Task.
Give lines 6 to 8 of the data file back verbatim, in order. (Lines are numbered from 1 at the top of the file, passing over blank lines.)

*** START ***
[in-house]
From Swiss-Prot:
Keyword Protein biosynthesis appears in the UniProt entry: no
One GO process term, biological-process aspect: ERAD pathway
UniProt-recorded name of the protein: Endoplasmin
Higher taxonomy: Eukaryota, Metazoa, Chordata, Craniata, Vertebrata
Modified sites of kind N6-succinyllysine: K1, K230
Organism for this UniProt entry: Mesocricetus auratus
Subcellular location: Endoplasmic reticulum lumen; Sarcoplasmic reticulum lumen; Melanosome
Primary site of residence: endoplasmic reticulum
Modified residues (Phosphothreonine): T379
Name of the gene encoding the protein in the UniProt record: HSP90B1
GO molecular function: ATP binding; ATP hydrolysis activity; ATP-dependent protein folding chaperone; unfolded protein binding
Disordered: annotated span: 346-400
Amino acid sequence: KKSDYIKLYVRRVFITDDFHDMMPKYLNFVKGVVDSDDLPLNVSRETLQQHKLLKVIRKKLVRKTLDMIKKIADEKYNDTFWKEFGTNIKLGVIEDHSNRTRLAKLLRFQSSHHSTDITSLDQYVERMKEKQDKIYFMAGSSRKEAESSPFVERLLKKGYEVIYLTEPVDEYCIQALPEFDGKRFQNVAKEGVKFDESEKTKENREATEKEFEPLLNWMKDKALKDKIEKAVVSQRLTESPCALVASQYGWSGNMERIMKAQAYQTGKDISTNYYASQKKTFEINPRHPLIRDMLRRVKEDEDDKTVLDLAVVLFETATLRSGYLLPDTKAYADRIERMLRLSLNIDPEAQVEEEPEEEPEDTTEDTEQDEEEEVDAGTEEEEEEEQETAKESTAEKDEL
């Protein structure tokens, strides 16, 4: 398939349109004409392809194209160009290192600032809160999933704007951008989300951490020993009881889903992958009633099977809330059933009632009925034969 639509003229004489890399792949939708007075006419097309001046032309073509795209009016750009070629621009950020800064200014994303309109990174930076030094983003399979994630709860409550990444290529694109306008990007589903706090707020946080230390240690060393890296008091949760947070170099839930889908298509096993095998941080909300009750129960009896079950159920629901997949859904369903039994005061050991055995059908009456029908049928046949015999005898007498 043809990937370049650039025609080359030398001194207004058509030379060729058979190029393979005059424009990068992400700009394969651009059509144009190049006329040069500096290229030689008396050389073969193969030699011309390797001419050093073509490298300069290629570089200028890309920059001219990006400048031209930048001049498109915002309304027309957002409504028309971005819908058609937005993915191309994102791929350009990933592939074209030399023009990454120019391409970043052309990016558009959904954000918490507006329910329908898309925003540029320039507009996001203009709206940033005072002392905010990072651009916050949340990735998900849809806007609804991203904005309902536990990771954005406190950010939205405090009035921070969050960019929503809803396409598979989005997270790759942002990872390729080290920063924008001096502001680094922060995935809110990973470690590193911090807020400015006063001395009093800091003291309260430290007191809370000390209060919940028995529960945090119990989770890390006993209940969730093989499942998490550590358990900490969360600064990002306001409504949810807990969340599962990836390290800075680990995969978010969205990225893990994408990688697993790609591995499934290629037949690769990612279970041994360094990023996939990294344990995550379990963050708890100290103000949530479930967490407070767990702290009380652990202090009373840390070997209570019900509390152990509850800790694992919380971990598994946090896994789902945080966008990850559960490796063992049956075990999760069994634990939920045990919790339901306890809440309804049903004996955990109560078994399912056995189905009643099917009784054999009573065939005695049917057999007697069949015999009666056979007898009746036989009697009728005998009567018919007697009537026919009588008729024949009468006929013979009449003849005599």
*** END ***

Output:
Higher taxonomy: Eukaryota, Metazoa, Chordata, Craniata, Vertebrata
Modified sites of kind N6-succinyllysine: K1, K230
Organism for this UniProt entry: Mesocricetus auratus